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Note, while I believe OpenGL is still available on macOS, in some form, it’s deprecated, so you may want to consider rather relying on Metal.jl or something. You should be able to confirm “deprecated” at Apple (note, I went to the link and got a pop-up stating so, but going out and back in, it no longer comes up, and only this outdated doc, without that word):

macos - What does it mean that Apple doesn't support OpenGL? - Stack Overflow.

As explained there even if drivers have OpenGL extensions on non-Mac (or possibly maybe in the driver itself on Macs?), no extensions are usefully available on Macs, and no way around that, so also neither can cross-platform code rely on extension available in all cases. So I suppose you’re not trying to do use such. And with core OpenGL gong away at some point (will Apple really get away with that?), then what’s the best way to target its equivalent functionality on Macs (Metal), but also on other platforms? I’m thinking somebody must have thought of the in a cross-platform way (with or without Julia’s involvement). The future on other platforms is Vulkan, and you may want to use that, there is Vulkan.jl, but Vulkan is not officially supported on Macs… I believe there’s a Vulkan-to-Metal translation layer. Since you’re using GLFW.jl, which is for/depends on OpenGL, using it might also be in doubt (for Macs). Will it/or does already support Vulkan, or Metal, in addition to OpenGL? It would be nice to know of a good cross-platform way (with Julia), solid for the future. I suppose this post can and should be split off to a different tread by someone.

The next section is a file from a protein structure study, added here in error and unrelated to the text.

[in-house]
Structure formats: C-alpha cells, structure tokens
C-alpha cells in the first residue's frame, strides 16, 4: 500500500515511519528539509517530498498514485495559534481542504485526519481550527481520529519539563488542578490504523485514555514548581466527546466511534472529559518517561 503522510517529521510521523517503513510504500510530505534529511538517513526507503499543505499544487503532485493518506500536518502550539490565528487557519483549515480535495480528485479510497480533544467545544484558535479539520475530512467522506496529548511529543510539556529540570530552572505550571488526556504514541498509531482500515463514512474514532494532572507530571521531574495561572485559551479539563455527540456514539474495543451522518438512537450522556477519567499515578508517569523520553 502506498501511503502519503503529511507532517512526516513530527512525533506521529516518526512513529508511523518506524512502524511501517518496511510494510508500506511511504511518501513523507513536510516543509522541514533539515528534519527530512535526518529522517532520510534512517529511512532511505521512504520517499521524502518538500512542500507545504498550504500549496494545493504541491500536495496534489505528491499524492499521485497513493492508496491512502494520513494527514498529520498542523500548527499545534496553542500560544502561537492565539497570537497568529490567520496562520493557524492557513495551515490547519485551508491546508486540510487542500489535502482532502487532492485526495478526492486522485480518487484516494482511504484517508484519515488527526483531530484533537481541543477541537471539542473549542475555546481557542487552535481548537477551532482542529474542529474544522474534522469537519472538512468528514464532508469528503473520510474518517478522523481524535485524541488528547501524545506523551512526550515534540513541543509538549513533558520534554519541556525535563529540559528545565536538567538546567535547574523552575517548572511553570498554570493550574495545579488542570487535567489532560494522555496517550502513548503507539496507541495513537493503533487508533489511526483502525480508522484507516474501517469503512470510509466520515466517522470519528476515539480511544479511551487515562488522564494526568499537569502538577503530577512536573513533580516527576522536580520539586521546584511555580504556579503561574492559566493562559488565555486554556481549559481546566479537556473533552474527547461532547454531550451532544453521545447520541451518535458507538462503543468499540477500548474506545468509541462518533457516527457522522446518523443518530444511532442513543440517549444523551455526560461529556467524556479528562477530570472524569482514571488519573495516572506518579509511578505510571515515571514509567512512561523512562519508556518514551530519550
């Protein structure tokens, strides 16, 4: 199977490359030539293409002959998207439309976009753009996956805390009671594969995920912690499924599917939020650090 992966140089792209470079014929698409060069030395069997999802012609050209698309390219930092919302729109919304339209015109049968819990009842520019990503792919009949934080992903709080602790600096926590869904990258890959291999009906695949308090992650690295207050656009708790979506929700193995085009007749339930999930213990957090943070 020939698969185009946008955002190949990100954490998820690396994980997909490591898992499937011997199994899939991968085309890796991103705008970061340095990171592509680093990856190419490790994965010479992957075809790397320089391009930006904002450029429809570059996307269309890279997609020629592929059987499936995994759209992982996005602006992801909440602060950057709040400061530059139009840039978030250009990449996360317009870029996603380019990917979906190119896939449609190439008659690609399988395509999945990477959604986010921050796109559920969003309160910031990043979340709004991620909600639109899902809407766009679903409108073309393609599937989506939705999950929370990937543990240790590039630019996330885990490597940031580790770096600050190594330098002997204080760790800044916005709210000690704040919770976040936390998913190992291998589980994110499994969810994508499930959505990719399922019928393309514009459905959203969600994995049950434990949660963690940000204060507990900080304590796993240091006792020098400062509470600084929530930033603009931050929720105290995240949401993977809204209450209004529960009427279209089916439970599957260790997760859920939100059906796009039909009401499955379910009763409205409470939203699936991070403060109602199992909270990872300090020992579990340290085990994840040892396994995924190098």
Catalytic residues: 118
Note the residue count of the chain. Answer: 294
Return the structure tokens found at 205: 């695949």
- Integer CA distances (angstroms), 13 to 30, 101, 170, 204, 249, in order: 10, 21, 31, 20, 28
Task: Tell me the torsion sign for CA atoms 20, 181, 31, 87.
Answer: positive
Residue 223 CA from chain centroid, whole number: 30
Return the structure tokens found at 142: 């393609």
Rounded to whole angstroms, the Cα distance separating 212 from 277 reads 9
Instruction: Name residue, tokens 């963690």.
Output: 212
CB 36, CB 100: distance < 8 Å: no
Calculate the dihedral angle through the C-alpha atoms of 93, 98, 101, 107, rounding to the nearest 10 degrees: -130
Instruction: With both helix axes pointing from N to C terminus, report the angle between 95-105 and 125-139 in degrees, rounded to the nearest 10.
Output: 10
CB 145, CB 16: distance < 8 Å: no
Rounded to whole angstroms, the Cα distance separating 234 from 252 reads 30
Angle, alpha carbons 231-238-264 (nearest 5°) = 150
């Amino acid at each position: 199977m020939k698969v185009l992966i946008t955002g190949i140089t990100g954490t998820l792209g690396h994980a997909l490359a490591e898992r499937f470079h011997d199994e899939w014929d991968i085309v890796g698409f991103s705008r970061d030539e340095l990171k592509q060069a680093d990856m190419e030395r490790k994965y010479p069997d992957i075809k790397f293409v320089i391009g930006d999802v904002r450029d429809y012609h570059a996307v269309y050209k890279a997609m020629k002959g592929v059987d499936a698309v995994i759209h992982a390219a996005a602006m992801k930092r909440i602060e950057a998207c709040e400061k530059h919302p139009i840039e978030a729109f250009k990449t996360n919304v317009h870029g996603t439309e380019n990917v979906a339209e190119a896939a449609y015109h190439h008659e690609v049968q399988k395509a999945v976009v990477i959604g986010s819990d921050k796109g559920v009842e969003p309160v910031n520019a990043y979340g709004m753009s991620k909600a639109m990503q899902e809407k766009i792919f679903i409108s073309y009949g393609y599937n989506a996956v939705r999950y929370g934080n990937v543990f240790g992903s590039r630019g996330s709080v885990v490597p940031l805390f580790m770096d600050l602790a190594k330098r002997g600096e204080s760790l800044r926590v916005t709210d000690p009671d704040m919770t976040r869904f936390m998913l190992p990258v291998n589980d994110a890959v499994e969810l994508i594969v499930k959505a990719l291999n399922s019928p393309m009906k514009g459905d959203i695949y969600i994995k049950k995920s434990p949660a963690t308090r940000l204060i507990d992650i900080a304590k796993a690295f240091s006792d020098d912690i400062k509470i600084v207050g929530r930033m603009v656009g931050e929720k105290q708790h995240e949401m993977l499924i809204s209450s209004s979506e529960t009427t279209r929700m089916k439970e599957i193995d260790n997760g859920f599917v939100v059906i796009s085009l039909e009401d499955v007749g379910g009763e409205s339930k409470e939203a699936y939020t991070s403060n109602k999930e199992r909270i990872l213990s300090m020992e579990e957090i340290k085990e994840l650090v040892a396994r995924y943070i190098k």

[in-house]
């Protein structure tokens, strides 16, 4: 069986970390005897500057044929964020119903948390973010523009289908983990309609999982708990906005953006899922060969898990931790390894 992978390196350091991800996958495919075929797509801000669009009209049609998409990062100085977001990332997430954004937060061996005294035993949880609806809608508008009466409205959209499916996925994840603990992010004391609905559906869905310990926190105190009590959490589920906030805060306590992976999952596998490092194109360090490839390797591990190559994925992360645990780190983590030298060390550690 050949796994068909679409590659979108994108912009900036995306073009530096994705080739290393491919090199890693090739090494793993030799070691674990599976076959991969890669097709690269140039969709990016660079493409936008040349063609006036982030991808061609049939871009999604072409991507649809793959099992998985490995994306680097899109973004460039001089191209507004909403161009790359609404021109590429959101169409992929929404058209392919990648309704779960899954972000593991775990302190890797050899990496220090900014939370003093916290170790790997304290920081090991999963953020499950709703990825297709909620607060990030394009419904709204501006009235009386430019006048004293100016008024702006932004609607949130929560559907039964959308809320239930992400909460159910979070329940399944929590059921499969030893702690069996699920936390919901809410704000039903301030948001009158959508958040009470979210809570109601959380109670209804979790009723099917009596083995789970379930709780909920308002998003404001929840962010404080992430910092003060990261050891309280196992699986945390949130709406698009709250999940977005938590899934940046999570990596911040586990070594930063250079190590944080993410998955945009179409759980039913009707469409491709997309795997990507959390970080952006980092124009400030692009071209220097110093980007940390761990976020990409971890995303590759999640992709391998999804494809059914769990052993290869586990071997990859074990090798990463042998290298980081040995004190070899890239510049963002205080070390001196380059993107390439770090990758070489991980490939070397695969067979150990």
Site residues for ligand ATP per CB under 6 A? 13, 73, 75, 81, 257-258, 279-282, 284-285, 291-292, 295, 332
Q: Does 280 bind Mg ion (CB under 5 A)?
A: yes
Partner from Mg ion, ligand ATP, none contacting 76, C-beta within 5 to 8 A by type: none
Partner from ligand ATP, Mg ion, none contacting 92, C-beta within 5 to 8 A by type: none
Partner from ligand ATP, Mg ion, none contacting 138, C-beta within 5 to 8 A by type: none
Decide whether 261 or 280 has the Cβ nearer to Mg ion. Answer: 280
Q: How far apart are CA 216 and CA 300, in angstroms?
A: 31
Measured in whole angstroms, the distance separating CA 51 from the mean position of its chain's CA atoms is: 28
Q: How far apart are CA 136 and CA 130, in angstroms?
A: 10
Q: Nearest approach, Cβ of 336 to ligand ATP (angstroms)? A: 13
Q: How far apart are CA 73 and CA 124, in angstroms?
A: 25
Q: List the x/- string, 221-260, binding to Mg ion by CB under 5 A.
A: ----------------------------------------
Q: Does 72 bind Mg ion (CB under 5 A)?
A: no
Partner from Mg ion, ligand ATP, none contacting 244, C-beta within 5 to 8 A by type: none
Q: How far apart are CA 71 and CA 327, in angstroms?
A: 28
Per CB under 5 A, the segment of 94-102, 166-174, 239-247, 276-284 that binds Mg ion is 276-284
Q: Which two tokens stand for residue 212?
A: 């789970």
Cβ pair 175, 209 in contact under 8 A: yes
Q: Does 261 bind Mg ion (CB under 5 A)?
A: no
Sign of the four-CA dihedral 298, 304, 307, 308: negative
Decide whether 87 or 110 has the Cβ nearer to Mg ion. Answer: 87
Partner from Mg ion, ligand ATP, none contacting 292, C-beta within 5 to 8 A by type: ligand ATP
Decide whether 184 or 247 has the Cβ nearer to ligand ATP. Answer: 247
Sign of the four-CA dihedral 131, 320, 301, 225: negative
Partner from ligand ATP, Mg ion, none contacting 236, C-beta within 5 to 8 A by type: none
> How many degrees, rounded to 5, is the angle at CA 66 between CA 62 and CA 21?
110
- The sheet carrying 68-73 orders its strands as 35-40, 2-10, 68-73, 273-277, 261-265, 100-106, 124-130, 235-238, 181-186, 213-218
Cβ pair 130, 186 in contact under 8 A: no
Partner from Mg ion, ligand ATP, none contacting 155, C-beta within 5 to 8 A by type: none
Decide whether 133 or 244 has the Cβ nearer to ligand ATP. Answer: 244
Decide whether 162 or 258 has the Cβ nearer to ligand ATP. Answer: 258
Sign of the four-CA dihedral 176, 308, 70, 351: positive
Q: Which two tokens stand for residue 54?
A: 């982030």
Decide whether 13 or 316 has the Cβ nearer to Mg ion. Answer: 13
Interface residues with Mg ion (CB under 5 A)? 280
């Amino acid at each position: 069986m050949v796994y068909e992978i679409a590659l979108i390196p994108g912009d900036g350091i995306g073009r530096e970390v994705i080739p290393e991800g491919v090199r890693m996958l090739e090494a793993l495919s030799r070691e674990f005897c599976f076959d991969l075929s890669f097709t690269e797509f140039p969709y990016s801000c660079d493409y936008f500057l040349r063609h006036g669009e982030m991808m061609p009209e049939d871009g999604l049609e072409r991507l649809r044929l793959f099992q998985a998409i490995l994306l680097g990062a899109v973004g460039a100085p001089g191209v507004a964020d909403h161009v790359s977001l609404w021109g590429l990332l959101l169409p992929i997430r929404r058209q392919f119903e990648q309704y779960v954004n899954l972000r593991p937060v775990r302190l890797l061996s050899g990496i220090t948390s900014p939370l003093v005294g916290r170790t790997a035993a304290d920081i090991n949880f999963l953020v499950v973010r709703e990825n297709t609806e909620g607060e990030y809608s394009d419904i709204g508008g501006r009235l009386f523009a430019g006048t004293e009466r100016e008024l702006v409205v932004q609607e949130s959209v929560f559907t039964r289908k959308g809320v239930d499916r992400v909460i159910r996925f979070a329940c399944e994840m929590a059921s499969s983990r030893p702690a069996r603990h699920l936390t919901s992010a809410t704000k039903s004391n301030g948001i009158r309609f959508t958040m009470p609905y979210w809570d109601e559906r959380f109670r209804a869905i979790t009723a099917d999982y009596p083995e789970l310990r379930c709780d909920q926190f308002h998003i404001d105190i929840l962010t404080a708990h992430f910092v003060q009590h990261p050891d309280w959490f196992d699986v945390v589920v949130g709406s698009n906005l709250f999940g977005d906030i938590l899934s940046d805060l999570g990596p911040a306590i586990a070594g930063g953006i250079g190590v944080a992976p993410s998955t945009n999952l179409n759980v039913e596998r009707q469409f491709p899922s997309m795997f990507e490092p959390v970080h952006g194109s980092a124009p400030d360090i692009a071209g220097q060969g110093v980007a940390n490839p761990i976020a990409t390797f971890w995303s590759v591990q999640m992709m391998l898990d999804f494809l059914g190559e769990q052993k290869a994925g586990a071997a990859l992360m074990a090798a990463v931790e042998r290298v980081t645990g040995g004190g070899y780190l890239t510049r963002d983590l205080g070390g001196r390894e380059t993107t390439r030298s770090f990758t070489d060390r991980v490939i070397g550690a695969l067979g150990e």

EDIT: I see now, even if OpenGL goes away in macOS, you need not worry too much, since there’s this project if you only used the OpenGL ES 3.0 subset of full OpenGL:

Thanks for the good link, so if you rather wish to migrate to Vulkan, than you can also use this to support it on MacOS (should this project be wrapped as a JLL for Julia?):

MoltenVK is designed to be an implementation of a Vulkan 1.2 subset that runs on macOS, iOS, and tvOS platforms by mapping Vulkan capability to native Metal capability.